·    Hawa Said immigrated to the United States at the age of one, and her father naturalized when she was a minor-giving her a claim to derivative citizenship.  Said was put in removal proceedings and subject to mandatory detention based on a drug conviction for which she served thirty days in jail.  INS initially sent Said-who was pregnant at the time-to a detention facility in San Diego, more than 2,000 miles from her home, family, and legal counsel in Alaska.  A district court subsequently ordered her returned to Alaska, stating that she had made a prima facie case of citizenship based on her father’s naturalization.  After six months in INS detention-six times what she had been required to serve for her state conviction-INS agreed to grant Said withholding of removal on the condition that she not pursue her claim to citizenship in immigration court.  A few months after that, the U.S. State Department recognized her citizenship and issued her a passport.  See Said v. Eddy, 87 F. Supp. 2d 937, 939 (D. Alaska 2000); Said v. Eddy, No. A99-0482-CV (D. Alaska Aug. 9, 1999); Anthony Lewis, Cruel and Unneeded, New York Times, Oct. 5, 1999.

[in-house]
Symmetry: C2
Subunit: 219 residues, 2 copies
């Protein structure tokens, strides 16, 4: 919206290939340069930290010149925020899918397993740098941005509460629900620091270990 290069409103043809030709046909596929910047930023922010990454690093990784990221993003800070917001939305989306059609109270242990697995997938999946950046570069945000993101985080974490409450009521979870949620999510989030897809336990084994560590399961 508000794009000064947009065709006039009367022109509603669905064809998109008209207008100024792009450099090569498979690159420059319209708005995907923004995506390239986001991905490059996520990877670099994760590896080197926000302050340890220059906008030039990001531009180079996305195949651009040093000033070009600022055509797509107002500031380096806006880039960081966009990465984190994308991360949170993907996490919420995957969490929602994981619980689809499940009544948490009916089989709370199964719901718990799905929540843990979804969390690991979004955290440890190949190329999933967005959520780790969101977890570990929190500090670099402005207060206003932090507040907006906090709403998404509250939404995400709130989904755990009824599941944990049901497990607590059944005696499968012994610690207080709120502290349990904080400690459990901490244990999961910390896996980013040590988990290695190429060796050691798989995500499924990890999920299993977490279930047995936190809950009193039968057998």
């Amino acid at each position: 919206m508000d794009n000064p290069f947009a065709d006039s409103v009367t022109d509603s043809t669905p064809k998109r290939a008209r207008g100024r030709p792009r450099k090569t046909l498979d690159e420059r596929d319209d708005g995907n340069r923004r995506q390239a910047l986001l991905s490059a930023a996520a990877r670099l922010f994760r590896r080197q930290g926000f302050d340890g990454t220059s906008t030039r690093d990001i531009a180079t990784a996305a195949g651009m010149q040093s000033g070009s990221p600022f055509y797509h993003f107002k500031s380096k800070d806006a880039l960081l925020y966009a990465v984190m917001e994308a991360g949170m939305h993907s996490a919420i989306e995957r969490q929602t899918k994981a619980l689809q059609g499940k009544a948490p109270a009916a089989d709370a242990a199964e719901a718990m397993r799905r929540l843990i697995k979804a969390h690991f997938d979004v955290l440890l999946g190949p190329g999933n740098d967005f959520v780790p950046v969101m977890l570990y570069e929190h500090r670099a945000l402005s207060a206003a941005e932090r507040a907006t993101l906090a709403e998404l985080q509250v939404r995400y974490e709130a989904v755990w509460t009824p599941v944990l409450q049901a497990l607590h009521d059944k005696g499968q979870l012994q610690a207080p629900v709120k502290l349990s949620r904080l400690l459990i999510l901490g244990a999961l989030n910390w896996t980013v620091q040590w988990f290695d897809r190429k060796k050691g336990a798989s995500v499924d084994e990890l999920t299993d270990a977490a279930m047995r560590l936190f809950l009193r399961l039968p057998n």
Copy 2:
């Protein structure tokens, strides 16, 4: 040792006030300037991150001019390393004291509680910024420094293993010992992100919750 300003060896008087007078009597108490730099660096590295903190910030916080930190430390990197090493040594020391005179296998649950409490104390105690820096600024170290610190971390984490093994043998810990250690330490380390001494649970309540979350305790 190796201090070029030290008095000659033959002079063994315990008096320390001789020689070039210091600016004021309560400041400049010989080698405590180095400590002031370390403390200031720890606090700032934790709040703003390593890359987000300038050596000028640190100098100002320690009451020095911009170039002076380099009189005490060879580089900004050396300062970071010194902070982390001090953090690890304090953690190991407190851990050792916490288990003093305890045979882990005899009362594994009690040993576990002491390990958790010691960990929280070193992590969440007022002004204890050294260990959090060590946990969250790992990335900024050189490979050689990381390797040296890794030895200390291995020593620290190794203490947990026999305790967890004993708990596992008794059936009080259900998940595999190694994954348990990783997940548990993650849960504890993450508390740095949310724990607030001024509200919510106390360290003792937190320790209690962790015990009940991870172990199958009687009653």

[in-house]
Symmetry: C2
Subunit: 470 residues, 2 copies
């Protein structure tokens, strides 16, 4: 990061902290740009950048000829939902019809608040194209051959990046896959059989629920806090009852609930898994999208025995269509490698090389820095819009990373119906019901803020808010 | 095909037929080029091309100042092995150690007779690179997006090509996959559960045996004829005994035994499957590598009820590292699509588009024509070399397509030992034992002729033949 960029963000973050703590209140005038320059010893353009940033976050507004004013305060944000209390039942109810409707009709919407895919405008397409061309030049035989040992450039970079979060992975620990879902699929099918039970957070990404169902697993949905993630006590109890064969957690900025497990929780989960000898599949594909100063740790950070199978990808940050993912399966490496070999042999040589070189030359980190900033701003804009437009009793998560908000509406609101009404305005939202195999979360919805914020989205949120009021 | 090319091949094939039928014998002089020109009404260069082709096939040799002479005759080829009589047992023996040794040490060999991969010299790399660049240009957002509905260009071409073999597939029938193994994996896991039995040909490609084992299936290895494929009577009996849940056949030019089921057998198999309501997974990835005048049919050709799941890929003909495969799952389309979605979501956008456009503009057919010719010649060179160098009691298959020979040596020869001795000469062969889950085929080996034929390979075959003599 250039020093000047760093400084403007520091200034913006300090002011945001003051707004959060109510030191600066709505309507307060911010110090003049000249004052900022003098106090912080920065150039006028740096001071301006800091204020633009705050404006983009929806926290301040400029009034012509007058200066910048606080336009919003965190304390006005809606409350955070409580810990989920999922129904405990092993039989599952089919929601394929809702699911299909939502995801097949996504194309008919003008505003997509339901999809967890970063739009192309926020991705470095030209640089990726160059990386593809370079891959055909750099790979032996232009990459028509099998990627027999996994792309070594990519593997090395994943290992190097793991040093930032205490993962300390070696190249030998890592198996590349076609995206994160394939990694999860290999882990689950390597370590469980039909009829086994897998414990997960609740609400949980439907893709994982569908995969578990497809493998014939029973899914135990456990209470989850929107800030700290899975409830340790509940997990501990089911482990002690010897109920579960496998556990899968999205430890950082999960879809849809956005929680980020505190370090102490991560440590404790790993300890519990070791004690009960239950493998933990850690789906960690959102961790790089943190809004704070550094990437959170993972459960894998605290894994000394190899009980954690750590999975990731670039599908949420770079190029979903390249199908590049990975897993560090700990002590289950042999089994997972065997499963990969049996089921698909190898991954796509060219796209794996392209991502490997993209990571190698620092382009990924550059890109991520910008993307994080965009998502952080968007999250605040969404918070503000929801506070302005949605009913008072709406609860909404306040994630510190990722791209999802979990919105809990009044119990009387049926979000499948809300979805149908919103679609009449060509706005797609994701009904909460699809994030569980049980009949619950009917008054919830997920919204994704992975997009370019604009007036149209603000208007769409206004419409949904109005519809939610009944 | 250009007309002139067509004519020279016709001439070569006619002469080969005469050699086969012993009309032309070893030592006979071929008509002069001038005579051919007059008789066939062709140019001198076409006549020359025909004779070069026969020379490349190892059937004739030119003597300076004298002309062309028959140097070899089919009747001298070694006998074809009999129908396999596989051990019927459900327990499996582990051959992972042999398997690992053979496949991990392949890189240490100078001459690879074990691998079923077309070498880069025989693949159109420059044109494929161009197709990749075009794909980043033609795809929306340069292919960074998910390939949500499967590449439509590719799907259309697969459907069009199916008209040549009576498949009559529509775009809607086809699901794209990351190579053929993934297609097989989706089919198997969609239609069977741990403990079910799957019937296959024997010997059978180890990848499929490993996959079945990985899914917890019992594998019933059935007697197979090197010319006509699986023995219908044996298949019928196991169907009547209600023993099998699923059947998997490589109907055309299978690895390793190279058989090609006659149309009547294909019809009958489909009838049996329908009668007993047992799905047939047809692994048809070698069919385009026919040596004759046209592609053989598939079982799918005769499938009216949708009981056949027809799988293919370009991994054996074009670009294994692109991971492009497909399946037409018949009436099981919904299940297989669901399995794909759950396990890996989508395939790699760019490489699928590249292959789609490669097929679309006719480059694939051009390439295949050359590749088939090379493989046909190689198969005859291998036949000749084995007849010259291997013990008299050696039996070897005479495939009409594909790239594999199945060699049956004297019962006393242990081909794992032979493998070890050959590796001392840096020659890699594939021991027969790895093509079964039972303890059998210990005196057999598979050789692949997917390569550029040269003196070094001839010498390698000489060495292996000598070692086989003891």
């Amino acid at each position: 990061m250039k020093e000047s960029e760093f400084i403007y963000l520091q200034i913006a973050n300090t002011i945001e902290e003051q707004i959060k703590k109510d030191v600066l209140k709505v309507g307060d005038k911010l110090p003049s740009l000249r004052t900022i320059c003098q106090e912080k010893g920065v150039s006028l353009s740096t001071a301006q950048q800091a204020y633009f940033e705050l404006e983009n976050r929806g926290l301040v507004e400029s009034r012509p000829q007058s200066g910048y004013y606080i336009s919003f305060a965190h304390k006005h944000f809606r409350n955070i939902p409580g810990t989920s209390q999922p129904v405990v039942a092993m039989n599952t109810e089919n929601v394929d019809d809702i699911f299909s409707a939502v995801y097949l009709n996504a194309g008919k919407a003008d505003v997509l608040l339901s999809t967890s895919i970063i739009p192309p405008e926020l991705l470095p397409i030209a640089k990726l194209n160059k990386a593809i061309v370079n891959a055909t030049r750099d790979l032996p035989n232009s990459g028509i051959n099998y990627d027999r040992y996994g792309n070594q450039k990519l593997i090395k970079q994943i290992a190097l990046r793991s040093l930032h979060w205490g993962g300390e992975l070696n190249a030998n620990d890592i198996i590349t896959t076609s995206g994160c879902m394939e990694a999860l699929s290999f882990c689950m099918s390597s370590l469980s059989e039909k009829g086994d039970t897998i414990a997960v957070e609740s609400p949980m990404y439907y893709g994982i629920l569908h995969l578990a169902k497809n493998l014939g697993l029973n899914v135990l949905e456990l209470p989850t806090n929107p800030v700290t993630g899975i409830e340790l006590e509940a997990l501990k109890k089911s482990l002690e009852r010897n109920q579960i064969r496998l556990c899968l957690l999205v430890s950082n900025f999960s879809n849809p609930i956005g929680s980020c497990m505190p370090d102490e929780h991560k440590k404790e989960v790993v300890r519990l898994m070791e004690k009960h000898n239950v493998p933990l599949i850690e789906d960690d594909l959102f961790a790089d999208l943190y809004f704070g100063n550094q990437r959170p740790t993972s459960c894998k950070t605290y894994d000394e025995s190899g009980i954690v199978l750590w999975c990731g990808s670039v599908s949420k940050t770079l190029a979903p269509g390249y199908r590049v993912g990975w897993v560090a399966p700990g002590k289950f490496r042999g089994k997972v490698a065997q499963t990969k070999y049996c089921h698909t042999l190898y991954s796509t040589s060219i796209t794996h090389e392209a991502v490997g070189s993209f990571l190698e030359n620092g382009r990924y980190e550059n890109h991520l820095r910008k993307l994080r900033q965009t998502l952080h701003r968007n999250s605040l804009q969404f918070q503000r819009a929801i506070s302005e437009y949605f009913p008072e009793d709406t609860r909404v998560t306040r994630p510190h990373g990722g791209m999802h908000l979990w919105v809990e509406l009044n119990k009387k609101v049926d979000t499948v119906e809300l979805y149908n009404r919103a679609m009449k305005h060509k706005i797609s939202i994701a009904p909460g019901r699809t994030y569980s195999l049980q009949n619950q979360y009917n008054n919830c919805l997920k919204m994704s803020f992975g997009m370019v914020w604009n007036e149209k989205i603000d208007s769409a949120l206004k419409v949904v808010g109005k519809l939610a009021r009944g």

·    Jodey Gravett, a decorated Vietnam veteran and likely the son of an American serviceman, was detained by the INS for more than four months before his immigration proceedings were ultimately terminated.   Adopted by American parents from a Japanese orphanage when he was 12 years old, Gravett has lived in the United States for over forty years. After serving a two-month jail term stemming from the discovery of three marijuana plants at his home, Gravett was placed in removal proceedings by INS for this and another drug possession conviction and was subjected to mandatory detention under § 236(c).  A state court subsequently changed his more recent conviction and erased the previous one entirely.  Based on these changes, an immigration judge ruled that Gravett was no longer deportable and terminated his removal proceedings.   Even if his convictions had not been altered, Gravett’s immigration proceedings might have been terminated based on a claim of U.S. citizenship stemming from his military record in Vietnam and the citizenship of his father.  See Leonel Sanchez, INS Moves to Deport Vietnam Vet; Legal Immigrant Has Felony Record, The San Diego Union Tribune, February 11, 1998, at B7 (1998 WL 3991627); Leonel Sanchez, Deporting of Heroic Veteran is Blocked; Man’s Criminal Record is Amended, The San Diego Union Tribune, April 16, 1998, at B7 (1998 WL 4004476).